Six Must-Attend Events: February 21–February 23

The state's top offerings, from Shearwater's latest tour stop to the next great film and music fest you've probably never heard of.

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Jonathan Meiburg, a founder of the band Shearwater, which will play in Austin on Saturday.
James Hamilton


Save the Polka
For eight years the Austin nonprofit Texas Folklife has raised the profile of one of the state’s most vaunted instruments, the accordion, through its statewide Big Squeeze contest, which shines the spotlight on musicians 21 and under. But organizers have discovered a disturbing trend. “There aren’t many young polka players coming up in the ranks like there are in other genres like conjunto or zydeco,” Cristina Ballí of Texas Folklife said in an email. To promote awareness, Texas Folklife has teamed with Texas Dance Hall Preservation—a nonprofit dedicated to another endangered state symbol—to present the inaugural Texas Polka Festival and Symposium. Fans can witness an extraordinary assembly of regional musicians, including Brian Marshall, a Polish polka fiddler from Houston; the celebrated San Antonio accordionist Santiago Jiménez Jr., whose brother is Flaco Jiménez; and Big Squeeze contestants. Music isn’t the only attraction: the site of this daylong affair, Sengelmann Hall, is one of the jewels of Texas dance halls. Built in 1894 and shut down at the onset of World War II, the hall reopened in 2009 after a $1 million renovation that earned it a 2010 National Preservation Award—and the praise of dancers who glide across its five-thousand-square-foot longleaf pine floor.
Sengelmann Hall, February 22, 10:30 a.m.,


Embrace the Strange
Unlike Austin, Lubbock does not need to be kept weird. The flatland of seeming nothingness but drive-through beer barns and an artery of highways, which gives Lubbock the nickname Hub City, cannot be anything else. “Sometimes I think U.F.O.s had more to do with all the weirdness than the psychedelics,” Jimmie Dale Gilmore, one-third of the seminal Lubbock band the Flatlanders, once told the music journalist Richard Gehr. In Is There Life After Lubbock?, a night of songs and story-swapping, Gilmore joins a fellow Lubbock expatriate (and his first wife), Jo Carol Pierce, the writer, musician, and monologuist, and Jaston Williams, another West Texas expat, whose exploration of small-town eccentricity is typified by his play Greater Tuna. Since audience interaction is encouraged, there could be a debate about which city is indeed the weirder.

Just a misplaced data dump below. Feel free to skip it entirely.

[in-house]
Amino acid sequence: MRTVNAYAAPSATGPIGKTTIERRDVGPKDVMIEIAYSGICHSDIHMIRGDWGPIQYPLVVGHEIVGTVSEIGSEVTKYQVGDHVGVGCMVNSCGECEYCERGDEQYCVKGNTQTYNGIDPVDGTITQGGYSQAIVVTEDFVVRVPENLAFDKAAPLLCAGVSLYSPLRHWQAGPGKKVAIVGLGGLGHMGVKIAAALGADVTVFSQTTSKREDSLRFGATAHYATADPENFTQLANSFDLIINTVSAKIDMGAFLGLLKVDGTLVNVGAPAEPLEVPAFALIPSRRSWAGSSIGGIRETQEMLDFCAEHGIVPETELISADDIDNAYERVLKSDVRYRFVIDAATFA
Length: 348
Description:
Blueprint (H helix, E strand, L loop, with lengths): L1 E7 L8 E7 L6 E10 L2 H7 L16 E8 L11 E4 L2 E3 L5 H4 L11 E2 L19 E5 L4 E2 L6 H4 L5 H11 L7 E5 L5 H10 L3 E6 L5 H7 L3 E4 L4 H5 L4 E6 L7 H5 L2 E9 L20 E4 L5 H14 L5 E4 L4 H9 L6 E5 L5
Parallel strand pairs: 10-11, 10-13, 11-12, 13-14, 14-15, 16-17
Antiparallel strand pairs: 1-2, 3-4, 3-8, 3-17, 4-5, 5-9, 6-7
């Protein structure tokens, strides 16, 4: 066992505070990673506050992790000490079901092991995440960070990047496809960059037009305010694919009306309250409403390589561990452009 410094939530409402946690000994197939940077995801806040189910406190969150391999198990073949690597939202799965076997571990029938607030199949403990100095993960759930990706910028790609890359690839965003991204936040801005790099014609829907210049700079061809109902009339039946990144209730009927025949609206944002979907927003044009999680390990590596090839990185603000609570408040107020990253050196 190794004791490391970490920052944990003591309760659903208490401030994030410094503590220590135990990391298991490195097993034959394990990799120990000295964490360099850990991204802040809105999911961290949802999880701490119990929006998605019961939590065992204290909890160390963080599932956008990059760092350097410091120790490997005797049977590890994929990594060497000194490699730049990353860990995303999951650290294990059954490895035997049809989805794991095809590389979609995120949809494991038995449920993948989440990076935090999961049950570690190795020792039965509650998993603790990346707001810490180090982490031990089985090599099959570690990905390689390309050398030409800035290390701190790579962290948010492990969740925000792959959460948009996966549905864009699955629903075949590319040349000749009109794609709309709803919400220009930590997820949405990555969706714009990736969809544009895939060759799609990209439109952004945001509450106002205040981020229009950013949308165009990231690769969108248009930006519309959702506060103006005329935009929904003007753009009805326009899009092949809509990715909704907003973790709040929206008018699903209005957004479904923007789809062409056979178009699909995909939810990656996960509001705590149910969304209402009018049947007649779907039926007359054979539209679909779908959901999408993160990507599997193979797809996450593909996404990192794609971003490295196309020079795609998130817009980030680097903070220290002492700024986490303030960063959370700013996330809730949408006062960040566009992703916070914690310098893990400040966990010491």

Stateside at the Paramount, February 21, 7 p.m.,


Risk and Reward
Like Beaumont’s oil-wildcatting tradition before it, the Boomtown Film and Music Festival is speculative in its appraisal of the truly independent movies and bands that it will host this weekend. With two dozen musical acts largely from southeast Texas who have had little national recognition, there is great potential for discovery. This is also true of the films being screened: not one of the fifty or so domestic and international feature-length and short-film selections has enjoyed a wide United States release. But a review of the directors reveals that immense potential is there: Kat Candler of Austin and Eric Steele of Dallas, for instance, are in the Texas Filmmakers Showcase organized by the Houston Film Commission.
Various locations, February 21–22,


All the Difference
Fredericksburg Road, in San Antonio, is the road more, then less, then more traveled. It boomed during the early to mid-twentieth-century, as the suburbs grew and strip malls popped up; then when Interstate 10 was built in the sixties, it continued to expand to the northwest but faltered near downtown. Today the downtown section of Fredericksburg Road, better known as Fred Road, is on the rebound, thanks to gentrification. A winning mix of hipster pioneers and old-school locals has made the area fertile ground for creativity, which will be on display at the seventh annual On and Off Fredericksburg Road Studio Tour. This two-day, self-guided art tour passes through seven neighborhoods and showcases around eighty featured artists’ works at studios and galleries.
Various locations, February 22–23,


Go, Cowboys
The Bullock Texas State History Museum’s 2011 high school football exhibition posited that the sport was deeply ingrained in Texans because of the frontier spirit spread by figures like cowboys, and at the Cowboys and Cowboys Sky Ranch Gala these two worlds will collide when members of the Dallas Cowboys—both past and present—and rodeo cowboys hobnob with ticket holders, all to raise money for children’s and family camps.
Omni Hotel, February 22, 6 p.m.,


Take Cover
It cannot get any more rock ’n’ roll than the Austin band Shearwater’s show on Saturday promoting its new album, Fellow Travelers, which pays tribute to the camaraderie forged among musicians on tour, with cover songs by bands with whom Shearwater has hit the road, including Lou Barlow (“Natural One”).
The North Door, February 22, 9 p.m.,


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